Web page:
State Roundup: Strain Felt From Home Care, Adult Day Care Cuts
News outlets report on a variety of state health policy issues.
Stateline: States Save By Moving Vets From Medicaid's Rolls To VA's
A growing number of states are shifting health care costs to the federal government by finding military veterans who receive Medicaid and signing them up for medical benefits through the U.S. Department of Veterans Affairs. Arizona, California and Texas are among the states that are working to replicate a program first launched in Washington State. That program, begun in 2003, has moved some 9,500 veterans from the state's Medicaid rolls to the VA's (Prah, 7/18).
The New York Times: States' Money Woes Show No Favorites
Arizona began cutting more than 100,000 people from its Medicaid rolls this month. ... Connecticut sent layoff warnings last week to state troopers. The governors who gathered here over the weekend for the summer meeting of the National Governors Association have all been scathed by the unpopular things they have had to do to keep their budgets in balance. For the veterans, it was just the latest in a series of tough years. For the rookies - 29 new governors took office this year - it was their first taste of state budget battle. ... For Gov. Martin O'Malley of Maryland, a Democrat, one of the hardest cuts he made was closing a mental health center on the state's Eastern Shore that he said had helped many vulnerable people (Cooper, 7/17).
The Associated Press/Boston Globe: Home Care Cutbacks Put Strain On Elderly
Born with cerebral palsy, Jennifer McPhail relies on a home health aide to help her get dressed for work and ready for bed at night. ... She now fears deep reductions in the state's Medicaid spending will prevent her from living independently. It's a concern facing families across the nation as states with budget deficits cut home health services that help keep the elderly and disabled out of nursing homes. States are reducing how much time a nurse can spend making house calls and ending meal deliveries for the homebound (Seewer and Mohajer, 7/17).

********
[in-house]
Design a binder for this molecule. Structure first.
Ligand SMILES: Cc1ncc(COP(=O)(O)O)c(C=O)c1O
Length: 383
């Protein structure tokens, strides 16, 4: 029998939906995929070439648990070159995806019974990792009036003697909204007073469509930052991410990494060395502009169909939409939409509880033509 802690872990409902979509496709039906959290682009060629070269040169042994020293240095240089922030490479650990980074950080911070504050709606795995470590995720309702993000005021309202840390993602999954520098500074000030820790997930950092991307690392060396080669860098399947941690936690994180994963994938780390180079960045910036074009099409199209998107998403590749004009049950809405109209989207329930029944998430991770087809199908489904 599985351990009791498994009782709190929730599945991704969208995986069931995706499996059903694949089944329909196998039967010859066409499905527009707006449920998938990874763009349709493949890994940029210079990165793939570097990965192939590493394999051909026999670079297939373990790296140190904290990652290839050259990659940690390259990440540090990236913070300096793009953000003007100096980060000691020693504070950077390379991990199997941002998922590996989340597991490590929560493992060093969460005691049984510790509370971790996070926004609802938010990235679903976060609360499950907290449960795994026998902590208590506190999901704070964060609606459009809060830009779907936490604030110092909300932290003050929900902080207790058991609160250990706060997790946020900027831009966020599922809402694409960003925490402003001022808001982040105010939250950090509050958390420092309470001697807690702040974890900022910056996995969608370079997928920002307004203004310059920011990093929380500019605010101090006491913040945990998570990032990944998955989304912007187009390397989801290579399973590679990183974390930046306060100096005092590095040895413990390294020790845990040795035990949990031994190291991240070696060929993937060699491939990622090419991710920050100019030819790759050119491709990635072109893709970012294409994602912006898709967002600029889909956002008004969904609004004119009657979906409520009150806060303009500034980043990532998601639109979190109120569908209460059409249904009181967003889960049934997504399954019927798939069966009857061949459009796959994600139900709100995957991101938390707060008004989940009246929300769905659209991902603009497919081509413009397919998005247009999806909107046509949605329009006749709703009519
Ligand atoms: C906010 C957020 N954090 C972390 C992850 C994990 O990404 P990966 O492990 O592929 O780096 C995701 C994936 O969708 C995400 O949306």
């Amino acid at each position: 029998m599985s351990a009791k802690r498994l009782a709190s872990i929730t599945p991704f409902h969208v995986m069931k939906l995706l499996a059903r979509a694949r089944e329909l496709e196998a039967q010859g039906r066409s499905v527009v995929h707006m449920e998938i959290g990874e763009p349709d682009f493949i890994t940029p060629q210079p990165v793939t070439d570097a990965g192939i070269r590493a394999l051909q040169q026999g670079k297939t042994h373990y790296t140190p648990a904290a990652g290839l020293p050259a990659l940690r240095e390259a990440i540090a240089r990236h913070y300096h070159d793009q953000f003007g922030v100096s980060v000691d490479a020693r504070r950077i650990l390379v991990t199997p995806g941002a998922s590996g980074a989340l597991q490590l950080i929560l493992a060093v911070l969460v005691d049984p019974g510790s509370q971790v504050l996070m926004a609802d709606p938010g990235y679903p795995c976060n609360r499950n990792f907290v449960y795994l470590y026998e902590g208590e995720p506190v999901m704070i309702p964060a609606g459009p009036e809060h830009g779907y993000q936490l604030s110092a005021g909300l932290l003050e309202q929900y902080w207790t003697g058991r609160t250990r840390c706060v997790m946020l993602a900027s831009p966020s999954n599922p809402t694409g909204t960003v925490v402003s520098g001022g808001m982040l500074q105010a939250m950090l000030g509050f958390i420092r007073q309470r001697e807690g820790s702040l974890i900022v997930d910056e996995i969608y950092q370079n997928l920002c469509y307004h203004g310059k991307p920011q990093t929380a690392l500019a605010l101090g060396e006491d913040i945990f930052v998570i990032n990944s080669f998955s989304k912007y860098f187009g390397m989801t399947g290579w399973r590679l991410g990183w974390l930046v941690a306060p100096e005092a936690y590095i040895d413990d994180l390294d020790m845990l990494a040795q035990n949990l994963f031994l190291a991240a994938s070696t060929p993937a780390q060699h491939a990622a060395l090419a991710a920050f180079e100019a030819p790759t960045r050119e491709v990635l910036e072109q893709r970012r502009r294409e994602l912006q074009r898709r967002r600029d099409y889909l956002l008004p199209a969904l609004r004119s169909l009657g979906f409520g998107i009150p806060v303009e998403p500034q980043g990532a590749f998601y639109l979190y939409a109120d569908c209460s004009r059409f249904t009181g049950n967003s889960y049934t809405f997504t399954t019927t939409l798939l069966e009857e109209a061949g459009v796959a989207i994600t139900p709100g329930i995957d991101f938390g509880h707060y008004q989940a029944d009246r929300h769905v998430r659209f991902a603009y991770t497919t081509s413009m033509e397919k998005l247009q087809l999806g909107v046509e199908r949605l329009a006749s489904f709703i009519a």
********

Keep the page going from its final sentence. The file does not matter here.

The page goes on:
San Francisco Chronicle: Adult Day Health Care Centers Fight For Life
The fate of about 300 centers that serve tens of thousands of frail, elderly and disabled Californians remains uncertain more than six months after Gov. Jerry Brown proposed eliminating the $169 million-a-year program to help solve the budget crisis. Brown's administration is moving forward with plans to transition 37,000 low-income, disabled and elderly adults off Adult Day Health Care, a program they depend on for medical care, physical therapy, exercise, counseling, socialization and other support. Meanwhile, Democrats in the Legislature have worked for months to come up with an alternative (Lagos, 7/17).
Des Moines Register: Rural-Urban Health Insurance Cost Disparity Rises
A disparity is growing between rural and urban Iowa in the cost, quality and availability of employer-based health insurance. Rural workers must devote a higher percentage of their income to health insurance than urban workers even as they pay higher -- and growing -- deductibles, the annual Iowa Employer Benefits Study shows. Rural employers are less likely than urban firms to offer health insurance at all. The study, conducted by David P. Lind & Associates in Clive and published by the University of Iowa College of Public Health, also projects alarming increases in health care premiums and deductibles over the next decade for Iowa's rural and urban workers (Belz, 7/16).